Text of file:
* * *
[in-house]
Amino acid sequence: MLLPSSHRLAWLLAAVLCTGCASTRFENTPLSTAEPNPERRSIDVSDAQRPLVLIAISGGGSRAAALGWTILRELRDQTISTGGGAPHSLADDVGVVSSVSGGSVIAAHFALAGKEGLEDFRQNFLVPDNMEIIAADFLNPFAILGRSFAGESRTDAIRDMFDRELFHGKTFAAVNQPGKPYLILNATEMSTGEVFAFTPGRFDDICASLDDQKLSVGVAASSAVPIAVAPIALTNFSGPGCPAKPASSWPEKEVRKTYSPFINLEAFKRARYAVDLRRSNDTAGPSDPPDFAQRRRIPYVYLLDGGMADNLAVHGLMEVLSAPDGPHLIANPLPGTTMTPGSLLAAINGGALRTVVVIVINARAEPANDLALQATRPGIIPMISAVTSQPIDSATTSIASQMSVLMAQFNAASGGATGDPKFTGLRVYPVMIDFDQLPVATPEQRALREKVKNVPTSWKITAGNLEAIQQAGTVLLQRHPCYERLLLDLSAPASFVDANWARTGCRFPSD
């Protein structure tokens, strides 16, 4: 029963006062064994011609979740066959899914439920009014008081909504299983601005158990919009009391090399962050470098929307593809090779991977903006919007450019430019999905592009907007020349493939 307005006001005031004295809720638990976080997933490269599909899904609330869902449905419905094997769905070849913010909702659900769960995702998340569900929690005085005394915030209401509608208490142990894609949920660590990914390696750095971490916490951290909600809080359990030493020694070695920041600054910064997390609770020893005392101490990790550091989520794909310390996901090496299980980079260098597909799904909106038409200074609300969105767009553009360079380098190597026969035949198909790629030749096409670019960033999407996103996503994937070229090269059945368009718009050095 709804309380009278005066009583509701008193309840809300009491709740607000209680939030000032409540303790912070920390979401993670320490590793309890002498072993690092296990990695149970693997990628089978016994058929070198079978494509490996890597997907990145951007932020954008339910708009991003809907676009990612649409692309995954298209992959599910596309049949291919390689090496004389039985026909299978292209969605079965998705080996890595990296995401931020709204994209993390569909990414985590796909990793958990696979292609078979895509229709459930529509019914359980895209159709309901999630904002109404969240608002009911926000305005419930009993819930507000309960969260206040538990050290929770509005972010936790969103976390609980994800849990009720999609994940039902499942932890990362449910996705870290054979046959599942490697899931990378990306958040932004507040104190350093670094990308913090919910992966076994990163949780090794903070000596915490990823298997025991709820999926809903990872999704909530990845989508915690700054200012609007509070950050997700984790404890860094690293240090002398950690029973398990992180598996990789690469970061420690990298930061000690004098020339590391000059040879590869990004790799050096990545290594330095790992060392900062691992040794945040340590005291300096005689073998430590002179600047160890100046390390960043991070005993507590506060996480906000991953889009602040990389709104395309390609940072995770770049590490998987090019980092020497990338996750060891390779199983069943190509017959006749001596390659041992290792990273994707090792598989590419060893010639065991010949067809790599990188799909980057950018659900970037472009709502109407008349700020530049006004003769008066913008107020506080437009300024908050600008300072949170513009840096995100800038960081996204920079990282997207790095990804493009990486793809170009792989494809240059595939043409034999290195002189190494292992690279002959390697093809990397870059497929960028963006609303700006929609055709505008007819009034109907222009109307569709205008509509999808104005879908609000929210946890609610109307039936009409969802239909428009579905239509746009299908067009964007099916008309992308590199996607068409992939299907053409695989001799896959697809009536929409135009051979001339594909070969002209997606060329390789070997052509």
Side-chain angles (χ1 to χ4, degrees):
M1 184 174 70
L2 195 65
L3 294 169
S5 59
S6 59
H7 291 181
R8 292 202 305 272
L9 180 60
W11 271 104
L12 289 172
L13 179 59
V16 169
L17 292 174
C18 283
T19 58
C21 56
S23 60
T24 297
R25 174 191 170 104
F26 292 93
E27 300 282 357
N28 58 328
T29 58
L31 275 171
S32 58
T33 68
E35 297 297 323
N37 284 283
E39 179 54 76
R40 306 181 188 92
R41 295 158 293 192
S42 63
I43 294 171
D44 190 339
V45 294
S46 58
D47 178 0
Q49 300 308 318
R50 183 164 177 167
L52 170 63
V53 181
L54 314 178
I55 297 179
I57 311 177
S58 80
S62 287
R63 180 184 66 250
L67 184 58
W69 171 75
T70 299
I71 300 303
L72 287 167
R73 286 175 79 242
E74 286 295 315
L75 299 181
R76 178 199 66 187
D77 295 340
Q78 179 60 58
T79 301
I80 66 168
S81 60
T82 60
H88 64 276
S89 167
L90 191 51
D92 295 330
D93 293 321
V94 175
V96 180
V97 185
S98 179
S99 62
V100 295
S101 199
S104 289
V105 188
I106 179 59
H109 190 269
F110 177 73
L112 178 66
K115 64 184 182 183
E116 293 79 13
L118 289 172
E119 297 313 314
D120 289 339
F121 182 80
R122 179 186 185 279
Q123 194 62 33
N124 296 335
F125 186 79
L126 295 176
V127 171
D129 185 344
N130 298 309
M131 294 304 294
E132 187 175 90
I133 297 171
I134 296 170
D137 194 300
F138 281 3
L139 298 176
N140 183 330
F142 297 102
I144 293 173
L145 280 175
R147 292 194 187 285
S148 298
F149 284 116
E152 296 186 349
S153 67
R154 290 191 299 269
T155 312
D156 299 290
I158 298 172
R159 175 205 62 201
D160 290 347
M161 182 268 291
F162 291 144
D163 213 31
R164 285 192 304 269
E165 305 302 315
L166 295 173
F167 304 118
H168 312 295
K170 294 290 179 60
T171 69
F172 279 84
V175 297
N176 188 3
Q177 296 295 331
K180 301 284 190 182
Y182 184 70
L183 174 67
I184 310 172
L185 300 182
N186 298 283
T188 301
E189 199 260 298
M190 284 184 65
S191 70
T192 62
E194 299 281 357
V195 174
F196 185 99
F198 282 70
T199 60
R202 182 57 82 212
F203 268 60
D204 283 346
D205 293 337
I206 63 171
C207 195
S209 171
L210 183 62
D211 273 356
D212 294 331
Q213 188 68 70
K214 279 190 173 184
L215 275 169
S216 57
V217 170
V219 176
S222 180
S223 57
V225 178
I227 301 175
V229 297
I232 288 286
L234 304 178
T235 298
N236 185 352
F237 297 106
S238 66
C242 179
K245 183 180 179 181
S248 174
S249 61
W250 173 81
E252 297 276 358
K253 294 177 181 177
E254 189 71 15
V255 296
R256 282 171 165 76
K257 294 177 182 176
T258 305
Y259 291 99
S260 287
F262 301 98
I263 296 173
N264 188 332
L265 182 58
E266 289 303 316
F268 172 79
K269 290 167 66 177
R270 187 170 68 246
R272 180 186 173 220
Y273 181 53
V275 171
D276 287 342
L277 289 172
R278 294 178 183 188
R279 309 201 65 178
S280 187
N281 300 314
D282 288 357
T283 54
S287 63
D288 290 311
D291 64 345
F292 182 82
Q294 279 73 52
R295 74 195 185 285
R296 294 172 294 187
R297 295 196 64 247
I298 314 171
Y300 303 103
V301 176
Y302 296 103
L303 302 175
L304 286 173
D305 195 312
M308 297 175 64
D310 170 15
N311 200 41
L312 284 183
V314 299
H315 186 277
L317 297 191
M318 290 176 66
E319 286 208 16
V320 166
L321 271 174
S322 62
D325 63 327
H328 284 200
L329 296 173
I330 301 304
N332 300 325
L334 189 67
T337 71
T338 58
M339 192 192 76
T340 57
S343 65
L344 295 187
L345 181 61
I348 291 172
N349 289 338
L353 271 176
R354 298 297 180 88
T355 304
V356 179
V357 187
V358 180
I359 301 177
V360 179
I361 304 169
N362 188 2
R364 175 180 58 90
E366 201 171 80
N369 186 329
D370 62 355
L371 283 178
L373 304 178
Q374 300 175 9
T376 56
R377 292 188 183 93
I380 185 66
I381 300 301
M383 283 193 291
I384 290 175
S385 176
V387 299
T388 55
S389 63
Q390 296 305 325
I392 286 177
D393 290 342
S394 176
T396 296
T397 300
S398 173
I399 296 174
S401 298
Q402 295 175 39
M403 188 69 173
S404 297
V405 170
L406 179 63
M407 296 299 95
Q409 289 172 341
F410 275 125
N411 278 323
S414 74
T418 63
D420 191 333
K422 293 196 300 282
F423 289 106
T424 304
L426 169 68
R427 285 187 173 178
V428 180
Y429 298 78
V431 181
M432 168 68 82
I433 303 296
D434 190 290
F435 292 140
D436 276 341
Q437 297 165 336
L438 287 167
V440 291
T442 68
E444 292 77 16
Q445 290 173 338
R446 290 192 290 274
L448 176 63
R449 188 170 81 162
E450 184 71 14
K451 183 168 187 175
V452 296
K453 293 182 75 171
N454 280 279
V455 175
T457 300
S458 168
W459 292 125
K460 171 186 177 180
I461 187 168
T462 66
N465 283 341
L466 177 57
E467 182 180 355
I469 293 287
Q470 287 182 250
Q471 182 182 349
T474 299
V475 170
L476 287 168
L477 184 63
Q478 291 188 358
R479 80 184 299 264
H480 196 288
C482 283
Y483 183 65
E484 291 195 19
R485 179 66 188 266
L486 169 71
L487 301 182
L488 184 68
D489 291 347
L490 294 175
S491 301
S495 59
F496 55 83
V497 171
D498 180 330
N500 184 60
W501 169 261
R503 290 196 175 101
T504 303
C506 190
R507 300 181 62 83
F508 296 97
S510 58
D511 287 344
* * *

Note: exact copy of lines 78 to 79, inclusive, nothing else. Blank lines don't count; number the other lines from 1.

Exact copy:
S101 199
S104 289